Padre Pio sculptor’s work to be blessed on saint’s feast day: ‘I have to honor him’

Katie Yoder   By Katie Yoder for CNA

 

Artist Timothy P. Schmalz touches the hands of Padre Pio in one of his sculptures. / Courtesy of Timothy P. Schmalz. See CNA article for full slideshow. 

Washington, D.C. Newsroom, Sep 23, 2022 / 07:15 am (CNA).

Catholic artist Timothy P. Schmalz calls Padre Pio his favorite saint. And so, when he learned that four of his sculptures would honor the Italian mystic on his feast day — Sept. 23 — he was overjoyed.

“I thought a couple years ago about that moment in my life where Padre Pio gave me that peace and comfort and I thought, ‘I have to honor him,’” the 53-year-old sculptor told CNA over the phone, his hands full of clay. “I really do. And the best way I can honor a saint is by sculpting them.”

St. Pio of Pietrelcina, more commonly known as Padre Pio, is one of the most popular saints of the 20th century. The Capuchin friar is famous for his stigmata (Christ’s wounds, present in his own flesh), his spiritual wisdom and guidance, his ministry in the confessional, his reported ability to miraculously bilocate, and his being physically attacked by the devil.

On Friday, Cardinal Seán Patrick O’Malley of Boston will bless Schmalz’s bronze sculptures that will be installed that same day. Three of them will be placed in the plaza of San Giovanni Rotondo in Italy, where an average of seven million pilgrims visit annually to pray at Padre Pio’s tomb. The fourth will stand at another popular, nearby pilgrimage site: St. Michael’s Cave.

A video on Schmalz’s YouTube channel shows the artist working on his Padre Pio sculptures in his studio located in St. Jacobs, Ontario, Canada. At one point, he holds a rosary.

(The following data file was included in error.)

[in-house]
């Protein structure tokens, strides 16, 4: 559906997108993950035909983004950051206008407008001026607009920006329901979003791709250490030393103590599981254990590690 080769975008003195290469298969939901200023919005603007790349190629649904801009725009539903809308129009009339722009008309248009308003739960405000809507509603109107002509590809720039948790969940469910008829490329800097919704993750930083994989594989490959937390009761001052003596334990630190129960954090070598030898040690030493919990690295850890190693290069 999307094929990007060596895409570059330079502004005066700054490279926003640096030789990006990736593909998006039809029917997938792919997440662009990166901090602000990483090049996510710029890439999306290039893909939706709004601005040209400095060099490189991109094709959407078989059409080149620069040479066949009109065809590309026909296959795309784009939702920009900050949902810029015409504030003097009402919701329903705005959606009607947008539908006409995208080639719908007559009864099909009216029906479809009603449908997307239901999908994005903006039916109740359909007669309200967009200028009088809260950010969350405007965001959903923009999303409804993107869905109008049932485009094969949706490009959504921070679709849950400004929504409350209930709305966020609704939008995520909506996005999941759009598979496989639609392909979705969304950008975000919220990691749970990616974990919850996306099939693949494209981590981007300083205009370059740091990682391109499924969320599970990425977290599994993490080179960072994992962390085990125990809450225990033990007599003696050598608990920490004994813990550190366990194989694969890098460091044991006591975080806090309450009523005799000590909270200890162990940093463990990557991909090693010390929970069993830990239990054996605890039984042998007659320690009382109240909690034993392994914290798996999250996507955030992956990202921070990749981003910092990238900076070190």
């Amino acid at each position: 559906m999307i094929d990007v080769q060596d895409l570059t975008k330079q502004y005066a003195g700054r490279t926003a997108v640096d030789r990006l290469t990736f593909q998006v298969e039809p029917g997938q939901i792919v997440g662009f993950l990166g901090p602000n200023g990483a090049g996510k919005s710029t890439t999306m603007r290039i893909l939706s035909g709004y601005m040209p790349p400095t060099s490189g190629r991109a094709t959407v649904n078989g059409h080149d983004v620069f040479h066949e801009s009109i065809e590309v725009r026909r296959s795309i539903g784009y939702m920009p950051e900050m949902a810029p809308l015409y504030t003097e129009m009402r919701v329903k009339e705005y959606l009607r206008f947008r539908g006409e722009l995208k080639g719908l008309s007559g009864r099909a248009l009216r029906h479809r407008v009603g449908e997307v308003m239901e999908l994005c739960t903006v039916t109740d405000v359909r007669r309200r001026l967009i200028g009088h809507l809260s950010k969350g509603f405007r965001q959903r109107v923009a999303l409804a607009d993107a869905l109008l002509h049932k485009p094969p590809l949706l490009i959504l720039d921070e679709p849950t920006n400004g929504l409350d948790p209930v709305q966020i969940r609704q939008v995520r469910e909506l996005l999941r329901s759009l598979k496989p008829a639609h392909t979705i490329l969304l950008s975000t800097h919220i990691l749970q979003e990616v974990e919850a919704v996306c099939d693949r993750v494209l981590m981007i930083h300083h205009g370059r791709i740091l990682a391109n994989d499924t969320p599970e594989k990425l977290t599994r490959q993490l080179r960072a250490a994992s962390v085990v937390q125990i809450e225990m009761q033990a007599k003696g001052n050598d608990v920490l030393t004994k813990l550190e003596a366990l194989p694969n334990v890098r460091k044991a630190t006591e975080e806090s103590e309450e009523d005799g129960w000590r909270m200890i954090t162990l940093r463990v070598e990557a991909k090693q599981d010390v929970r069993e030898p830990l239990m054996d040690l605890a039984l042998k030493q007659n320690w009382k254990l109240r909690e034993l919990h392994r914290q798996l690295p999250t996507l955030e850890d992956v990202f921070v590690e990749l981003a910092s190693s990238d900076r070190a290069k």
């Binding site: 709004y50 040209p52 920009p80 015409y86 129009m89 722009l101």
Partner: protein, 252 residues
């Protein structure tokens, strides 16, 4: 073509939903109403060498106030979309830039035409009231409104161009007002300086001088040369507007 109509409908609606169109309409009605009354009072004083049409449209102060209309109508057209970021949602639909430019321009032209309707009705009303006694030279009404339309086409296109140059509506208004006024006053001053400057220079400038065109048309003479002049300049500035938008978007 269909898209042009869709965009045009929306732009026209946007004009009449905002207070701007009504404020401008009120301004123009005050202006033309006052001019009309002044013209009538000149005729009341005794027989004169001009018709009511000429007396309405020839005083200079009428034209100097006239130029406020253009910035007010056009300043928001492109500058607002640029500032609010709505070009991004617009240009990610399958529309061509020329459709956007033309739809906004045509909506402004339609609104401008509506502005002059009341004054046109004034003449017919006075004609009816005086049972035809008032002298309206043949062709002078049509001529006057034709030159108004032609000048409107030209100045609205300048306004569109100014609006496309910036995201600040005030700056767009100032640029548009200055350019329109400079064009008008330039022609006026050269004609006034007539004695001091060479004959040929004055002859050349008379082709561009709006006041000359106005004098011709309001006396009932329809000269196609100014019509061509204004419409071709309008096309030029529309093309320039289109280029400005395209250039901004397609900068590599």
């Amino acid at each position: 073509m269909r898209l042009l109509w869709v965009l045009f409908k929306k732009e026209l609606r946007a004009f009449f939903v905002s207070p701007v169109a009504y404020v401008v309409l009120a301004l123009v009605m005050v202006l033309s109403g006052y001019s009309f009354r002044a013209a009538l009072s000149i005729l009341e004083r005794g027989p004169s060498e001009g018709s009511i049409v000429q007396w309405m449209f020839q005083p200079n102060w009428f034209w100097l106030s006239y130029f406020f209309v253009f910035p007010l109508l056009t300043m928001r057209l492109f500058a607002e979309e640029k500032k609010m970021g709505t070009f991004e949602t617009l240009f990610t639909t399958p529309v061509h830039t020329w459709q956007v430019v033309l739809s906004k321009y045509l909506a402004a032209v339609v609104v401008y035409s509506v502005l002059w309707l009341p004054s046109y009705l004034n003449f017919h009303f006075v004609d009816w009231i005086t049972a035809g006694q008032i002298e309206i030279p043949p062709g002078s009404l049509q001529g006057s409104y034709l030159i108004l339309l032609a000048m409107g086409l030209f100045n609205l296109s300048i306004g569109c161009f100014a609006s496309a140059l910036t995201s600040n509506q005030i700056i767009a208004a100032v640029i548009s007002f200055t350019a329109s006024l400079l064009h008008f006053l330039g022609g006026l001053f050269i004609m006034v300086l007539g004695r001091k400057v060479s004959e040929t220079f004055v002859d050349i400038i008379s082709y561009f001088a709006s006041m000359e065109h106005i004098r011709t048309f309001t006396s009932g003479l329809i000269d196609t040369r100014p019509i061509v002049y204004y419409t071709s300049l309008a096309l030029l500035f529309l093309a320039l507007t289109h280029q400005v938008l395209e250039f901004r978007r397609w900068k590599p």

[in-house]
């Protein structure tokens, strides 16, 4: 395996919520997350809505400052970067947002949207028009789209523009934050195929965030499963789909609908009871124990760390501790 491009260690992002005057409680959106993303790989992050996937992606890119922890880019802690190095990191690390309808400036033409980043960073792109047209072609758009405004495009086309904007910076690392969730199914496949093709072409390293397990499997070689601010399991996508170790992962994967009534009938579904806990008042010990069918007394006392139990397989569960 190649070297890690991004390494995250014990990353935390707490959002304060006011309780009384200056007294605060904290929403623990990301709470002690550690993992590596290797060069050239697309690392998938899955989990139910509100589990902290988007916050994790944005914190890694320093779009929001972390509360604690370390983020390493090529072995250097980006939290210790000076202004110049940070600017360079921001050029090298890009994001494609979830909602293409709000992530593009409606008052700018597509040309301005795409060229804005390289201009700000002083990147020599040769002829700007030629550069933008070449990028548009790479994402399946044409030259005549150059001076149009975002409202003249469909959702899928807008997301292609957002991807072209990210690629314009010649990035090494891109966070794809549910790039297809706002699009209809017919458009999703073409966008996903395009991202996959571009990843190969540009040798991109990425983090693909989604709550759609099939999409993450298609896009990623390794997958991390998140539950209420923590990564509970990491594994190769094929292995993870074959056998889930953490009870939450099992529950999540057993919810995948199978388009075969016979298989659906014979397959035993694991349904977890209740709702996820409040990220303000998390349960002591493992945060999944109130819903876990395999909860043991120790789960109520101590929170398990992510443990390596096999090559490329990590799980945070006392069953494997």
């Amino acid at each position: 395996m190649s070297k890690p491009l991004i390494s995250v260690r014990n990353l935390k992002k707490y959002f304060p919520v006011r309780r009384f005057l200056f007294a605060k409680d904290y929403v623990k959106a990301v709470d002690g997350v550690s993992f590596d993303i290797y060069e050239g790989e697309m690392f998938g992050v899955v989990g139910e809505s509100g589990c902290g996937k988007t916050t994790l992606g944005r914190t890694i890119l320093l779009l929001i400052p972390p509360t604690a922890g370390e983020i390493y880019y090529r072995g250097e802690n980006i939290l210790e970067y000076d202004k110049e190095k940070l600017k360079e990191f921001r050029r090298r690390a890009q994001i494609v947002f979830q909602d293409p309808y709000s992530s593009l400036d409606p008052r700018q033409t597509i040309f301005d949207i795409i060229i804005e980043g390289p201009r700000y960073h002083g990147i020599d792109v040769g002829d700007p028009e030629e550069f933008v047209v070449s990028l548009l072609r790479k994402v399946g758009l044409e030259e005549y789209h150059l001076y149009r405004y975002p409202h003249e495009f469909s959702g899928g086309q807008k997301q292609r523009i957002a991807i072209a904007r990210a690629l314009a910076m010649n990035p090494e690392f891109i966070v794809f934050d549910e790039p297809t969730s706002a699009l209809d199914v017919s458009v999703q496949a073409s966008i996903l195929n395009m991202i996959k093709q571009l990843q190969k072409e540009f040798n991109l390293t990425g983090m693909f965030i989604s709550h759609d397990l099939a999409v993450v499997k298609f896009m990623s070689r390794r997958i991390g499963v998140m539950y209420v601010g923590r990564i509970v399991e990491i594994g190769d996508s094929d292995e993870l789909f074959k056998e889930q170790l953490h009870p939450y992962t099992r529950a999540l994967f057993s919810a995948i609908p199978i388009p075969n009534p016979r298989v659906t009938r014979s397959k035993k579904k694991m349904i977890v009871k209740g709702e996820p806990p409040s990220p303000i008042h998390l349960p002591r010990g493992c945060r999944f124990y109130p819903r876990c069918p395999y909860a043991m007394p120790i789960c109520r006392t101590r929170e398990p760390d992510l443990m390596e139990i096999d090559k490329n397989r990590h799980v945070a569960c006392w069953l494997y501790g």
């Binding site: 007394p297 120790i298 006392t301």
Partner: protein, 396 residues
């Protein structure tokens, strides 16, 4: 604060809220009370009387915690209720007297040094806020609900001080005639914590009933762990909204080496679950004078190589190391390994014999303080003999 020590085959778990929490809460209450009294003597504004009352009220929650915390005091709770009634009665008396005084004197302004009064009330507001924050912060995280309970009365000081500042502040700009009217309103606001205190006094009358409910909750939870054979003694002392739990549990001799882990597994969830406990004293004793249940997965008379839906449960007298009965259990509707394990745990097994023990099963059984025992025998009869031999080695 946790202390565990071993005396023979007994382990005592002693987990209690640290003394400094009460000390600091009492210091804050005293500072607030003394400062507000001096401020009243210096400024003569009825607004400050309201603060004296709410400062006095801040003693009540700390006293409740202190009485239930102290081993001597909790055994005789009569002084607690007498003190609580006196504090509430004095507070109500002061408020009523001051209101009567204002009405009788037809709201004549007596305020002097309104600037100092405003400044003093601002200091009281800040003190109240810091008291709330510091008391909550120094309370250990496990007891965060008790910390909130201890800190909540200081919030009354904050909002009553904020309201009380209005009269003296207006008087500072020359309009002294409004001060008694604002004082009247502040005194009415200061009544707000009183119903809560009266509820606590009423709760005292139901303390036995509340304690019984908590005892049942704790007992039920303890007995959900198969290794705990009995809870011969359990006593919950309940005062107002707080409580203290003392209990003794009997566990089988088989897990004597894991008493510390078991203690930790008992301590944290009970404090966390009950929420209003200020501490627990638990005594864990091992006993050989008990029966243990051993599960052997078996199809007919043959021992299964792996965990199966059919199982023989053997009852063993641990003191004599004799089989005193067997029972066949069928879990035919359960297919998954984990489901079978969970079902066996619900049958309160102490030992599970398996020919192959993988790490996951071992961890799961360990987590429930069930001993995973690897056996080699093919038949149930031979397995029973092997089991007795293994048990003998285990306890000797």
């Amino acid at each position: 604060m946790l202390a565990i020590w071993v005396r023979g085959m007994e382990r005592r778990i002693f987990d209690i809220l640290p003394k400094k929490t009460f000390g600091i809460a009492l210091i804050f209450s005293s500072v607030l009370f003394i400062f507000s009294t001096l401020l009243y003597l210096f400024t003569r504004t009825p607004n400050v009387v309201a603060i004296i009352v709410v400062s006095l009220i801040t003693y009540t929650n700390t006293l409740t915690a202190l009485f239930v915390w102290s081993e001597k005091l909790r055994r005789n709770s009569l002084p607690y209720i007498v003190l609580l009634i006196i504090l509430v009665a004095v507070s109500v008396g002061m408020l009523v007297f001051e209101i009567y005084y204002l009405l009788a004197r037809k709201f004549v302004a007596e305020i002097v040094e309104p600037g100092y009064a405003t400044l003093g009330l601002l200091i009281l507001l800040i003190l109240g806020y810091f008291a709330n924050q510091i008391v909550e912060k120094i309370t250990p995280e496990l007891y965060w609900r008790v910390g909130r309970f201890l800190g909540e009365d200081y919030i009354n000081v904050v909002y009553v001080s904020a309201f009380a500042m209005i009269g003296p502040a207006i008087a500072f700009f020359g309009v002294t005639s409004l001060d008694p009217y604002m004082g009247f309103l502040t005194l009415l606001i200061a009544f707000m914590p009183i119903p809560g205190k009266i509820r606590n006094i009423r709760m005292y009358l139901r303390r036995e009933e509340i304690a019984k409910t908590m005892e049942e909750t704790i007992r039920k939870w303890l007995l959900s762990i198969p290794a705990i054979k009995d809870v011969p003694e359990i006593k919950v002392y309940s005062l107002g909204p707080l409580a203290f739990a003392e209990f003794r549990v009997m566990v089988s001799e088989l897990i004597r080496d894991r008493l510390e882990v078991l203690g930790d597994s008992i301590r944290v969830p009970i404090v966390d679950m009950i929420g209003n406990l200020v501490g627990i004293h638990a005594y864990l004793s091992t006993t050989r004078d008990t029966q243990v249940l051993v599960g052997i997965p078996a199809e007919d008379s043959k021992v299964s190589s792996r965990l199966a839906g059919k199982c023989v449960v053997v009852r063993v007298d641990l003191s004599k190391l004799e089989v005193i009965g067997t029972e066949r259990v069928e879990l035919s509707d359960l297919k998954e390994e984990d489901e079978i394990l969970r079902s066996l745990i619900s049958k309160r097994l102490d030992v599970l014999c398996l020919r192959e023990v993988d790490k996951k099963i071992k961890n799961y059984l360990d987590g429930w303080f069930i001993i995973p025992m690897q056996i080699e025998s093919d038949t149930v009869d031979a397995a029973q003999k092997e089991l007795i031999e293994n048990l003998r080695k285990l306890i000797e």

“I usually consider my sculpture [to be a] prayer, and my hands are always not busy with beads, but busy with clay,” he told CNA. “I do believe that these sculptures — all of them — are prayers, visual prayers and cast in bronze.”

Schmalz is not new to sculpting. The experienced artist’s work can be found worldwide, from St. Peter’s Square in the Vatican to Washington, D.C. He is perhaps best known for his “Homeless Jesus” sculpture and the “Angels Unaware” statue. Right now, he is also creating a life-size Stations of the Cross to be placed by Disney World in Orlando, Florida.

It took him roughly a year, he said, to form his Padre Pio sculptures. Each one is different.

A struggle with evil

His first sculpture depicts the saint wrestling in combat with a demon.

“I really do believe that it is something that, if you did not know who Padre Pio was, seeing this sculpture, you would want to know about him,” he explained of the sculpture that he hopes introduces more people to the saint.

In particular, he hopes that his work attracts the younger generation.

“Art can be a wonderful entrance, a wonderful doorway, but it has to be exciting,” he articulated.

Artist Timothy P. Schmalz's sculpture illustrates Padre Pio strangling a demon and pushing him into nothingness, with one fist posed to strike. Courtesy of Timothy P. Schmalz